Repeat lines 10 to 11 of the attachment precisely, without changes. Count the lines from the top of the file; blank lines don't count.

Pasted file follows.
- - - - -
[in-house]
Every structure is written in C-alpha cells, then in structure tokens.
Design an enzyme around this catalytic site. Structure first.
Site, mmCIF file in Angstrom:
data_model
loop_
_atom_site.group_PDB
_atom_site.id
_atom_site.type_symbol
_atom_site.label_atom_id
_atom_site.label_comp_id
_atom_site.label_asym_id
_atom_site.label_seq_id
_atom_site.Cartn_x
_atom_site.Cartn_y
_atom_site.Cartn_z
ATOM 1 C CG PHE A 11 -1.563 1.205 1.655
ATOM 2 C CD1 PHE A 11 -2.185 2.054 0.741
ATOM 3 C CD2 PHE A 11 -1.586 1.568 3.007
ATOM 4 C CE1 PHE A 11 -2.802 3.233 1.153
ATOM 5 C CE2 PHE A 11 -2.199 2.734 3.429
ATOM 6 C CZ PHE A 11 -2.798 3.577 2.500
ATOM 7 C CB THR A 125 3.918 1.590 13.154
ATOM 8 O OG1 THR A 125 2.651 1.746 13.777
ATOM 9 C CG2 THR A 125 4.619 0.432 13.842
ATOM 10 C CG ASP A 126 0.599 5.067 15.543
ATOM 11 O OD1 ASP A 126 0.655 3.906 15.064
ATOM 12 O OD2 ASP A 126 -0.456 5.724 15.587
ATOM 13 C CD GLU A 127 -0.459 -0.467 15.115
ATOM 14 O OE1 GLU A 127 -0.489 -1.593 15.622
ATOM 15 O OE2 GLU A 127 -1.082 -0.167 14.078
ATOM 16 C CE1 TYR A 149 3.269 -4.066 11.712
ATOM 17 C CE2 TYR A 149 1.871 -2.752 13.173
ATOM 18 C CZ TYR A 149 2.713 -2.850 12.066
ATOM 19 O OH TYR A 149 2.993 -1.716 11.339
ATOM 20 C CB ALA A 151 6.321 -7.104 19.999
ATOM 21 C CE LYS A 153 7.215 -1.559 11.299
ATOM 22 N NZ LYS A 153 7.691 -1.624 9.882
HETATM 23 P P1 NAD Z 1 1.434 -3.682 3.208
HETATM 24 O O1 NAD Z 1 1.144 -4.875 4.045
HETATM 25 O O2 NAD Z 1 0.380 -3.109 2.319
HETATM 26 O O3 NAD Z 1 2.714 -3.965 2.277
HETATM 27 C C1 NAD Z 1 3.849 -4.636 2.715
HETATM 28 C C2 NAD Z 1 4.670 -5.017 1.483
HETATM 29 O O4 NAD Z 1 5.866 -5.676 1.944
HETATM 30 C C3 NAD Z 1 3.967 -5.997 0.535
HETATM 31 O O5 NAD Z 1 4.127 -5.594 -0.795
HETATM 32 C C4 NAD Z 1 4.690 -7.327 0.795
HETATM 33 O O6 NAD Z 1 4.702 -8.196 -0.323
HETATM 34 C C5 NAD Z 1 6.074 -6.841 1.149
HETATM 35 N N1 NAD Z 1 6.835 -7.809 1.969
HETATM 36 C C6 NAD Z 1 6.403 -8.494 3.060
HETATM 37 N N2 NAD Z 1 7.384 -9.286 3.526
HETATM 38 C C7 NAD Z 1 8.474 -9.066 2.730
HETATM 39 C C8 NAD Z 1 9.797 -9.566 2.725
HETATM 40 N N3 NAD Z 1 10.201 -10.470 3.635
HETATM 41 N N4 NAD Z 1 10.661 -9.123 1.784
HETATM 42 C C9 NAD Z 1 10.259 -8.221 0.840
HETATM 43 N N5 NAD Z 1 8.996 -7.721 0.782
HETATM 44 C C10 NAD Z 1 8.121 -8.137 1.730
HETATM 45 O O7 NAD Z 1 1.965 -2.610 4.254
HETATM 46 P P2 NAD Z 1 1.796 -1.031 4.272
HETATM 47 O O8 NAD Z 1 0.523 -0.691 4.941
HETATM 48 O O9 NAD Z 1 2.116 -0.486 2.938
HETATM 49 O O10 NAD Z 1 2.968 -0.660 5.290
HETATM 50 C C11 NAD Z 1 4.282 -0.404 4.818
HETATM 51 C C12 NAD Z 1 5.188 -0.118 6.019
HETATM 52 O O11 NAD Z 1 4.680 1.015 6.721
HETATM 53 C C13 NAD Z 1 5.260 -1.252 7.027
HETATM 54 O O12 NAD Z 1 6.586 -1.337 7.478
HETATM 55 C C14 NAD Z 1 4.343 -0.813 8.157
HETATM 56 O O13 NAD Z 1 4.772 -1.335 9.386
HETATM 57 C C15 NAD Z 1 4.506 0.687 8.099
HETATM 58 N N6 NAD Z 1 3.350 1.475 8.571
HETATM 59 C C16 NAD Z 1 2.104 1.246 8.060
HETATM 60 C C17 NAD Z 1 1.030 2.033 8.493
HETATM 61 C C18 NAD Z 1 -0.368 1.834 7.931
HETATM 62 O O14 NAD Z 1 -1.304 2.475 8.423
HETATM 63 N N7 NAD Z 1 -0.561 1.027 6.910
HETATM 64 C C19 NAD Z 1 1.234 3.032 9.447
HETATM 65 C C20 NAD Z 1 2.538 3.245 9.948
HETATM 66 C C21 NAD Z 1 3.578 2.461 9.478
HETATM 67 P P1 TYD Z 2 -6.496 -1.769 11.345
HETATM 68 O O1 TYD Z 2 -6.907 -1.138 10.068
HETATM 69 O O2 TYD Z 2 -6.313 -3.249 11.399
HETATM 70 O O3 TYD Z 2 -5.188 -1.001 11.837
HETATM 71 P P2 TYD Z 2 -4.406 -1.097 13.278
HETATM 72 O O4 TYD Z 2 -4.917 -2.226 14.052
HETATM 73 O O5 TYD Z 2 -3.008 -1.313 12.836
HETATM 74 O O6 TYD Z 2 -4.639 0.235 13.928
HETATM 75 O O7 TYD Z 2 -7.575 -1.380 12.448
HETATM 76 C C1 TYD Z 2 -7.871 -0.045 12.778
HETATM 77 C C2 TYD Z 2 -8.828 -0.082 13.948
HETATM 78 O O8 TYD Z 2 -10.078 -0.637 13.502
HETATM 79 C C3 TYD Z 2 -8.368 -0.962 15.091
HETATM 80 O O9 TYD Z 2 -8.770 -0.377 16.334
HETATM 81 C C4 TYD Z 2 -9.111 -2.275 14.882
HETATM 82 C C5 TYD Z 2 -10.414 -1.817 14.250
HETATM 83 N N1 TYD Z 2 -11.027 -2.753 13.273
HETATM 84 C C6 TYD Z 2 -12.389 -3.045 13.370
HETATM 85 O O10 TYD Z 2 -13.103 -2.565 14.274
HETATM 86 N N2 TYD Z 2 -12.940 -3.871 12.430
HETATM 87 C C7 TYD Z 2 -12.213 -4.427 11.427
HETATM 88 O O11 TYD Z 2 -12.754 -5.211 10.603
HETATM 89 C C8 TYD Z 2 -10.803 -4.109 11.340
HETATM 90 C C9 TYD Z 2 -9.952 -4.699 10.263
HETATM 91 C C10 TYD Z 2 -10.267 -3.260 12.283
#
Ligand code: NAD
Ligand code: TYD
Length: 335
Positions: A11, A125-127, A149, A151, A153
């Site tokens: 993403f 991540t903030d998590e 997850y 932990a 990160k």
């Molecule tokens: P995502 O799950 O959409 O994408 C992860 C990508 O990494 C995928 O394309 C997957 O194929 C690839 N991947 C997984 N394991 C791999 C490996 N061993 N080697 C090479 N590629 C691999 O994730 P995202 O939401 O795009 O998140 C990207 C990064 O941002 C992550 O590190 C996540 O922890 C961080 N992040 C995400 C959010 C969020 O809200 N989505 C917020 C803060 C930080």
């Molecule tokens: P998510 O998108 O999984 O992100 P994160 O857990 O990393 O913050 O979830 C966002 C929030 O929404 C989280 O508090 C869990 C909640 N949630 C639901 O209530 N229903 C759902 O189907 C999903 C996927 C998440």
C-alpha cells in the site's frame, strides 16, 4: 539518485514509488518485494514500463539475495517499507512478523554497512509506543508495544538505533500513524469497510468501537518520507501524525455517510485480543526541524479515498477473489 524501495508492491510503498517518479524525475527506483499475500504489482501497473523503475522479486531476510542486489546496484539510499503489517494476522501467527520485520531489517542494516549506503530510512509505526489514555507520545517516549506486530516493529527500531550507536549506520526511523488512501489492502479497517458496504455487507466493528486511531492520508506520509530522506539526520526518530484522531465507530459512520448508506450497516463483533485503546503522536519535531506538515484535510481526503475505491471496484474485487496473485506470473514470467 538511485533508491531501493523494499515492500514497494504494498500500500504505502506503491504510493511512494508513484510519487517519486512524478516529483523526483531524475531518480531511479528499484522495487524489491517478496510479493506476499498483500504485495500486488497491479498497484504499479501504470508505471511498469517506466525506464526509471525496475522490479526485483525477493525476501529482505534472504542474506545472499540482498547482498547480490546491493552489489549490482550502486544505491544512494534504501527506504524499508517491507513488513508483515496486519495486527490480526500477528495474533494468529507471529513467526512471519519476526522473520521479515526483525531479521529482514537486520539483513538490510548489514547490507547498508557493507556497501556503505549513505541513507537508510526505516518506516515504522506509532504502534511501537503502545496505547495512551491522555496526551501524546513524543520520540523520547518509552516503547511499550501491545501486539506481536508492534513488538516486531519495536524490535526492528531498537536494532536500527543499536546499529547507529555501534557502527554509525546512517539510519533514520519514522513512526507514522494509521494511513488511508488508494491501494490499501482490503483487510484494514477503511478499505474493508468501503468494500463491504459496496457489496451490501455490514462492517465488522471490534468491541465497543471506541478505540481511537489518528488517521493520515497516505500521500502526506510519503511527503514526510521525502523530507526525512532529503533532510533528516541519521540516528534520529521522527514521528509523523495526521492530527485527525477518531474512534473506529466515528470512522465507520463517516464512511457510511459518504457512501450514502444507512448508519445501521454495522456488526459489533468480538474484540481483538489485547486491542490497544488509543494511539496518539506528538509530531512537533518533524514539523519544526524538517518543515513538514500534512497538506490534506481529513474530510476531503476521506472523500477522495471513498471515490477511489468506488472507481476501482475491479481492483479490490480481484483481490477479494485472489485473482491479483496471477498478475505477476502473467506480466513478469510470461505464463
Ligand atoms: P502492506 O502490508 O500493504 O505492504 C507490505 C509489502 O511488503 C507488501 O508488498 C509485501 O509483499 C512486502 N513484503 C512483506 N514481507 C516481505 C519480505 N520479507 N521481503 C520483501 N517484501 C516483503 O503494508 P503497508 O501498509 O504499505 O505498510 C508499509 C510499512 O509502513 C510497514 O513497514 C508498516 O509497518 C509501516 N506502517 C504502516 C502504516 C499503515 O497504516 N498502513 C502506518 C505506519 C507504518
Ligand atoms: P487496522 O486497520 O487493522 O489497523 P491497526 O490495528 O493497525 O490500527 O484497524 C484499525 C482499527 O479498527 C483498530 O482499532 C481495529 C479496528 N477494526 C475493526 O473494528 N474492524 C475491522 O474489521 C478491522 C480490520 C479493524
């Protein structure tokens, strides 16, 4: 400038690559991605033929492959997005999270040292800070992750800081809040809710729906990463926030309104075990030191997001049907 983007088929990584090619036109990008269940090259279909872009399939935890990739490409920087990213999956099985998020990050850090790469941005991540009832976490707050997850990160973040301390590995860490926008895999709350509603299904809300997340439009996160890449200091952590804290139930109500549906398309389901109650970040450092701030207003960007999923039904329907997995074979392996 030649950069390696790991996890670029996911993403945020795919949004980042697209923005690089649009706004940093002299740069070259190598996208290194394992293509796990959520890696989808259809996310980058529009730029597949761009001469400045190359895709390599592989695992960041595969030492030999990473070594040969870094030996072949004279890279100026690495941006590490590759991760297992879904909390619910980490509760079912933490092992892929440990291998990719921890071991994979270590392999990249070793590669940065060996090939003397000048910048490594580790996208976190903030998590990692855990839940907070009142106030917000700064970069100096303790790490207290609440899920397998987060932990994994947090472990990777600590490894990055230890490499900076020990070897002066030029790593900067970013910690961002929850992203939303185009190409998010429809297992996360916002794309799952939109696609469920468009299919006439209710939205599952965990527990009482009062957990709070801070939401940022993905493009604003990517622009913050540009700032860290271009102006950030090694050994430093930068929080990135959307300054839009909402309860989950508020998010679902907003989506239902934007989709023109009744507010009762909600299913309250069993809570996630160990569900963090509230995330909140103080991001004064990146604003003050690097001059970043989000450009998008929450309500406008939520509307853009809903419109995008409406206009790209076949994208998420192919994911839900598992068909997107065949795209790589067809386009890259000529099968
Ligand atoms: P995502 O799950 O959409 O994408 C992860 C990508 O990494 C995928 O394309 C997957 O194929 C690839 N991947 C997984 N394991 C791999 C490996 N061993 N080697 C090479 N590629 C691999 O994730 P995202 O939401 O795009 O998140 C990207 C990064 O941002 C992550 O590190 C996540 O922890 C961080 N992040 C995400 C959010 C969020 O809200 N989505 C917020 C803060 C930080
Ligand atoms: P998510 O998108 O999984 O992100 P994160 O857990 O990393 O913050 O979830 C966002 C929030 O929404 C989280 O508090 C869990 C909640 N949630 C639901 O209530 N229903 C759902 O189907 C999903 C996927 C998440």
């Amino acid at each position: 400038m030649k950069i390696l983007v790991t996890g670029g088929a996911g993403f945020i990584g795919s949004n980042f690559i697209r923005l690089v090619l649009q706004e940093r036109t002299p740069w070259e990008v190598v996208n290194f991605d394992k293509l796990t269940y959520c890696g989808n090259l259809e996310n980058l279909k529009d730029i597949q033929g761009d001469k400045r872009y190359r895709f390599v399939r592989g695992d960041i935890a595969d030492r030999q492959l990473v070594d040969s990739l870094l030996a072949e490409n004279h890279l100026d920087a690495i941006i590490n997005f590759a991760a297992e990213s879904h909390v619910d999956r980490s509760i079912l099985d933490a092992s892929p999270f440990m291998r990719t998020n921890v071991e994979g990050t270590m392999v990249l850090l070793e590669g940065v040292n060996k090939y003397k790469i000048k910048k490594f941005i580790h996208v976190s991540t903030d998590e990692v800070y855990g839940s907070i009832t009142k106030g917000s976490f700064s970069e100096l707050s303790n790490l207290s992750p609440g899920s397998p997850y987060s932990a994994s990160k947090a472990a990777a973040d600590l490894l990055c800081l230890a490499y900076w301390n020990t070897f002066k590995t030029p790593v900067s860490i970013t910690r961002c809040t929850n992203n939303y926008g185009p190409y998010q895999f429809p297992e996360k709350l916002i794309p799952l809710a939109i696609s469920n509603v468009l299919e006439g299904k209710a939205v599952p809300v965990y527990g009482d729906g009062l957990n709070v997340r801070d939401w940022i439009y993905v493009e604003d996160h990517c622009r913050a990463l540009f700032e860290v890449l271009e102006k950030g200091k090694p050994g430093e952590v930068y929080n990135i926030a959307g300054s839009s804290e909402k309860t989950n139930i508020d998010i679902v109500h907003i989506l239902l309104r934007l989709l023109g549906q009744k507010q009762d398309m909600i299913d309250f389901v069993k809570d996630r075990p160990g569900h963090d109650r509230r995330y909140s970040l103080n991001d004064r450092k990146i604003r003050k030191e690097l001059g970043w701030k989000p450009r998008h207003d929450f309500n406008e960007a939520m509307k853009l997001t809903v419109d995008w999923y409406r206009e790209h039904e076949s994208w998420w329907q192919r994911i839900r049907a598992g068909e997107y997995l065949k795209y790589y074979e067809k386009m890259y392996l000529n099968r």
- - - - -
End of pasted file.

_atom_site.label_atom_id
_atom_site.label_comp_id